Three years after Boston College began a lengthy battle to retain control over an oral-history project on the Troubles in Northern Ireland, the college may find itself back in court again. The Police Services of Northern Ireland said on Thursday that they would seek the entire archive—all 46 interviews—in which former members of the Provisional Irish Republican Army and loyalist paramilitary groups talked about their activities during the decades-long civil conflict. Some of those conversations relate to crimes they and others may have committed.
"Detectives in Serious Crime Branch have initiated steps to obtain all the material from Boston College as part of the Belfast Project," according to a statement by the police. "This is in line with the PSNI’s statutory duty to investigate fully all matters of serious crime, including murder."
In 2011 the police sought, and later received, interviews that discussed one of the most notorious murders in Northern Ireland, the killing of Jean McConville, a widow and mother of 10 whom the IRA believed to be an informer for the British. Boston College relinquished the complete interviews of two former IRA members along with portions of interviews of a number of other participants.
The police in Belfast subsequently brought in several people for questioning, most notably Gerry Adams, leader of Sinn Fein, the IRA’s political counterpart, and a major figure in Northern Ireland. They have so far charged only one person, Ivor Bell, with aiding and abetting Ms. McConville’s murder.
The investigation has caused turmoil in Northern Ireland, with Mr. Adams’s supporters arguing that his interrogation had been politically motivated by opponents out to embarrass him and to dismantle the fragile power-sharing arrangement between republicans and loyalists. The Good Friday Agreement, which took effect in 1998, was the result of negotiations led by a U.S. envoy, George J. Mitchell.
Boston College’s spokesman, Jack Dunn, said by email on Thursday that the college had not been contacted by the U.S. Department of Justice about the latest police effort, and thus it would be "inappropriate to comment on speculation within Northern Ireland." The Justice Department began a court case against the college in 2011 on behalf of British authorities through a treaty pledging mutual legal assistance. Christina Sterling, a spokeswoman for the U.S. attorney’s office in Massachusetts, which handled that case, declined to comment.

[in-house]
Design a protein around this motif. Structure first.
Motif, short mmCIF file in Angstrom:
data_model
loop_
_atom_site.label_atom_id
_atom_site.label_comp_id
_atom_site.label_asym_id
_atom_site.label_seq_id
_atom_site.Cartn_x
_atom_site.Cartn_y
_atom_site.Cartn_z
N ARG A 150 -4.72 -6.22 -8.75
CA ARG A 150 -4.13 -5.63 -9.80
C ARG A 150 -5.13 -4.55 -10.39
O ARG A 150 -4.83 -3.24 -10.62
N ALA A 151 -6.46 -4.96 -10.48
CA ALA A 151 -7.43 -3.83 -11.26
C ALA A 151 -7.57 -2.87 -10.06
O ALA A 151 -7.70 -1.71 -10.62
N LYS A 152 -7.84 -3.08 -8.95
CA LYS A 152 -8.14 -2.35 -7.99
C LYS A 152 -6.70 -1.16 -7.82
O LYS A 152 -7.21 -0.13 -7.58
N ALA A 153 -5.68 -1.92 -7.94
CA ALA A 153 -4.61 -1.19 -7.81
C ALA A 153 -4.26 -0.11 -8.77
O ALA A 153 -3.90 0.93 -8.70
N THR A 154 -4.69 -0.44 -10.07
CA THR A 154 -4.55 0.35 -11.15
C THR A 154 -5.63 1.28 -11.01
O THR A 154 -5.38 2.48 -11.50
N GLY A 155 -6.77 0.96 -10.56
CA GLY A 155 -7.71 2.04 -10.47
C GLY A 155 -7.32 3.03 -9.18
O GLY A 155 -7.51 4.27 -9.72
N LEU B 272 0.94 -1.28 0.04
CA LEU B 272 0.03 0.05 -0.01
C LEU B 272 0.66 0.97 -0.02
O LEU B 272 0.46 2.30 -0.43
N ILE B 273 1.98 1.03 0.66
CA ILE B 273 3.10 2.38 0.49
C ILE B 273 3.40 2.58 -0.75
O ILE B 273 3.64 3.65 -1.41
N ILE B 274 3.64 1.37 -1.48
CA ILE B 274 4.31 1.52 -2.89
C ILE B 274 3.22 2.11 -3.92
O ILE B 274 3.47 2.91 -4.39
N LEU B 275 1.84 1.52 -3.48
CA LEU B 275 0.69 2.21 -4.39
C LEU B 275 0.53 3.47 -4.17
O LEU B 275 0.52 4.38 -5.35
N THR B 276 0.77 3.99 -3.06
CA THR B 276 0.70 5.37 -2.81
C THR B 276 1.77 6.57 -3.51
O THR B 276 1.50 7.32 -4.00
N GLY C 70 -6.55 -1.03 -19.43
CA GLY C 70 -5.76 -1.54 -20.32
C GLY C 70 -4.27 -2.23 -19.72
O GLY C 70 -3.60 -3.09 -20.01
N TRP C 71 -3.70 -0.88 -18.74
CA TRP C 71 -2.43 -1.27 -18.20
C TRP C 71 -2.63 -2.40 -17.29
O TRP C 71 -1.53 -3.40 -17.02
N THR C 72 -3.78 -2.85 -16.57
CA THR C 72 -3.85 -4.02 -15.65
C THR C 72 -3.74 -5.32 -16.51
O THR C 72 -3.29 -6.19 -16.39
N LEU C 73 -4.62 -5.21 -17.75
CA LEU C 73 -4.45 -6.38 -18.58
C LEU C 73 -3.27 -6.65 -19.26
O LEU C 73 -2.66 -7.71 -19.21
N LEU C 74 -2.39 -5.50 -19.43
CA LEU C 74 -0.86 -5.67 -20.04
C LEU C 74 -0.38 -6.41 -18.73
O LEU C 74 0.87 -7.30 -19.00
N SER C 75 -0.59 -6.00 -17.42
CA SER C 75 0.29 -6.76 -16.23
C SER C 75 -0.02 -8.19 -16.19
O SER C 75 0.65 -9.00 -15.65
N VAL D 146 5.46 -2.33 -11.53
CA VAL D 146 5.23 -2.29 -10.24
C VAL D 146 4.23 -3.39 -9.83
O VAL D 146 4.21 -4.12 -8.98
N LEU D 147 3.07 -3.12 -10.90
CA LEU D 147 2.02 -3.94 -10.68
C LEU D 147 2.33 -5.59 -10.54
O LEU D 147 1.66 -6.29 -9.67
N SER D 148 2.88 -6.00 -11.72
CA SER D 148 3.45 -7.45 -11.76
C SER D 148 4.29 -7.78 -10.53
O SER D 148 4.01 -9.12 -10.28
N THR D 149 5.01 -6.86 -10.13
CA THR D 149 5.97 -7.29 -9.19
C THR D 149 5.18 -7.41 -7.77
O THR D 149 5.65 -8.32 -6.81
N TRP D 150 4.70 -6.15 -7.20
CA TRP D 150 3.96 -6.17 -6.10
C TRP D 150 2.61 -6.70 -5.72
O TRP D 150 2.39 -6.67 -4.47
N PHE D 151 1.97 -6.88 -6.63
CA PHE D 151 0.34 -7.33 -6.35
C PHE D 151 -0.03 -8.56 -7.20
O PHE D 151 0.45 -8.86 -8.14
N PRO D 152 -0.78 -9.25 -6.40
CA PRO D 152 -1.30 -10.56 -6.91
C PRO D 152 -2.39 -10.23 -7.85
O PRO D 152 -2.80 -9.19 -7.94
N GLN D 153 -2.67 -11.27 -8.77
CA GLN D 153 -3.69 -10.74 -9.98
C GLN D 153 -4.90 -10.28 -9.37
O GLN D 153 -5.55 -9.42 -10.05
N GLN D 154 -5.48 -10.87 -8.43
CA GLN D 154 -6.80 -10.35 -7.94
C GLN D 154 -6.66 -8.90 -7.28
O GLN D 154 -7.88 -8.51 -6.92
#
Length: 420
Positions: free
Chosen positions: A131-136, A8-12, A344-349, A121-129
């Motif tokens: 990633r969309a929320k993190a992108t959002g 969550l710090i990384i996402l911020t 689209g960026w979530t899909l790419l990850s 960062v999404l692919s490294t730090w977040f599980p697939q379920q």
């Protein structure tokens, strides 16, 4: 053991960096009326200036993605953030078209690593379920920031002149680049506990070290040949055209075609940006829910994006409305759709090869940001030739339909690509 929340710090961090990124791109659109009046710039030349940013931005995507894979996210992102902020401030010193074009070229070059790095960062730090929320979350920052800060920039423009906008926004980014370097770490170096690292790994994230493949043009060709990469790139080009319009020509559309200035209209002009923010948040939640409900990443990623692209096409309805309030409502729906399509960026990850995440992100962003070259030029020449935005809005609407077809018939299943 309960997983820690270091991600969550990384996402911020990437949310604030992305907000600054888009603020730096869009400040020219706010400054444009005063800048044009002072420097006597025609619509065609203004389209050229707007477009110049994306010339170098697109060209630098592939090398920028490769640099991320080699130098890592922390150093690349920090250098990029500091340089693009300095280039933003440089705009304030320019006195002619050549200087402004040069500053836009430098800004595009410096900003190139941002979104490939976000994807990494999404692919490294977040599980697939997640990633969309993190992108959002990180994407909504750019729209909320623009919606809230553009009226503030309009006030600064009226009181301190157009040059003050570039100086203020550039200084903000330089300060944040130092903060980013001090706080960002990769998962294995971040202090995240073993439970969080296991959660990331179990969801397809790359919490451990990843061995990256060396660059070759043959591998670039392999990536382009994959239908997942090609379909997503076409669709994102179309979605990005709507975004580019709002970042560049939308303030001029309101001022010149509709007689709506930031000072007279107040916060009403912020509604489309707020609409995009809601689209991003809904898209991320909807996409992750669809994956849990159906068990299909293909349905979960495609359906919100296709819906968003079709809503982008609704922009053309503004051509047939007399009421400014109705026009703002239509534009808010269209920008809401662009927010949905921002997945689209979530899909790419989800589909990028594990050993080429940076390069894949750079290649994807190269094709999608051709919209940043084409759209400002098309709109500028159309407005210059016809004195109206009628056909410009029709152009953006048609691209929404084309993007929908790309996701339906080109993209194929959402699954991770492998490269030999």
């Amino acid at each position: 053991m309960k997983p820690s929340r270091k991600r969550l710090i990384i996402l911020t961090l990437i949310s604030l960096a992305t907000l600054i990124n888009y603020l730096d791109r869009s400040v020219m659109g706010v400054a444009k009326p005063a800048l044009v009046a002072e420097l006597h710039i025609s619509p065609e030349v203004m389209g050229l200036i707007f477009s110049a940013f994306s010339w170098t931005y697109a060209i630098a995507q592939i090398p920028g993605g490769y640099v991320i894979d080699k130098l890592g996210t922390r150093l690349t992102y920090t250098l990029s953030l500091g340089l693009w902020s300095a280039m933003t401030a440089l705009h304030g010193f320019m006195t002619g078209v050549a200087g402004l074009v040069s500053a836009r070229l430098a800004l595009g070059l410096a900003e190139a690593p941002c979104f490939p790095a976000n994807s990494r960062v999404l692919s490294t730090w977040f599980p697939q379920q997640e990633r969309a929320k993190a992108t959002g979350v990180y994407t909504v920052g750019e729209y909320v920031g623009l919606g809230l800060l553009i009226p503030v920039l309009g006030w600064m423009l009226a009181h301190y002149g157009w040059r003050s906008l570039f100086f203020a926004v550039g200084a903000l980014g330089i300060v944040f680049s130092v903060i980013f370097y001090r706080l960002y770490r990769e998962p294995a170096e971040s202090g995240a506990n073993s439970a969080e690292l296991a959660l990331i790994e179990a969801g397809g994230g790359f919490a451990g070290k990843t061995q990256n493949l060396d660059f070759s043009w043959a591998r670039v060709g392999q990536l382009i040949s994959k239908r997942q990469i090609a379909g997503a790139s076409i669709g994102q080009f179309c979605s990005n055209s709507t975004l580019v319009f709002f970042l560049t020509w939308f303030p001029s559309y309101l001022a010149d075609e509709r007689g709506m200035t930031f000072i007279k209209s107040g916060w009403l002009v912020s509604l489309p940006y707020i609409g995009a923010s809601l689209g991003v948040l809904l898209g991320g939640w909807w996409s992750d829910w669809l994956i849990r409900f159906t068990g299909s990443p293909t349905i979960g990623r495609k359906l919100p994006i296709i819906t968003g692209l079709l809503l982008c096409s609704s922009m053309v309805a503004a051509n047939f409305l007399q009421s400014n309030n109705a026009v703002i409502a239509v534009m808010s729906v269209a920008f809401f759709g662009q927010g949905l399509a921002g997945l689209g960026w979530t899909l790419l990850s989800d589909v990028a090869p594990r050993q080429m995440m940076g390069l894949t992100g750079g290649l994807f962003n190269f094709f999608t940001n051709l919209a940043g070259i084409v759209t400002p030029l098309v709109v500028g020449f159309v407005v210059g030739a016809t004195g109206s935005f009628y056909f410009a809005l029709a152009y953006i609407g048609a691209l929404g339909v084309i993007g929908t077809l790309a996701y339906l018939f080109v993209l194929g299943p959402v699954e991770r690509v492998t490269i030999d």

‘Resist This Raid’
Ed Moloney, who directed the project for Boston College, called on the U.S. government "to resist this raid on an American college’s archive and to remember that the ultimate victim, if this succeeds, will be a peace process that was the product of American diplomacy and peace building."
Mr. Moloney, an Irish journalist, and Anthony McIntyre, an Irish researcher and writer who conducted the interviews with former IRA members, ultimately fell out with Boston College over the handling of the court case. The two men argued that the college should have refused to turn over any materials. In an email Mr. Moloney said that Boston College should "resist to the utmost this attempt to raid its private archives."
Mr. McIntyre said he was not surprised by the latest move by the police. When Boston College publicly announced that it would return interview materials to participants upon request once the court case was over, he argued, the college created a window of opportunity for the police to go after the remainder of the archive. Mr. Dunn declined to say whether the college had yet returned any materials to people who had requested the return of their interviews.
Mr. McIntyre called the latest effort by the police "politically driven in that they probably want further grounds to re-arrest Adams."
Sarah Wunsch, a staff lawyer with the American Civil Liberties Union of Massachusetts, which filed a friend-of-the-court brief on behalf of Mr. Moloney and Mr. McIntyre in 2012, called the latest police pursuit "very dangerous."
"It raises very important issues for the secretary of state [John F. Kerry] and the attorney general [Eric H. Holder], possibly putting in jeopardy the peace process," she said, noting that when he was a U.S. senator, Mr. Kerry argued that the United States should ask the British authorities to withdraw their request for the tapes for that very reason.
The project has continued to generate fallout in recent weeks. One participant, Richard O’Rawe, a former IRA member, said he planned to sue Boston College for failing to make him aware of the legal risks and subsequently endangering his life. Graffiti has popped up around Belfast deriding "Boston College touts," as informers are called. And this week it was revealed that NBC News had petitioned the U.S. district court in Boston for full access to the archives.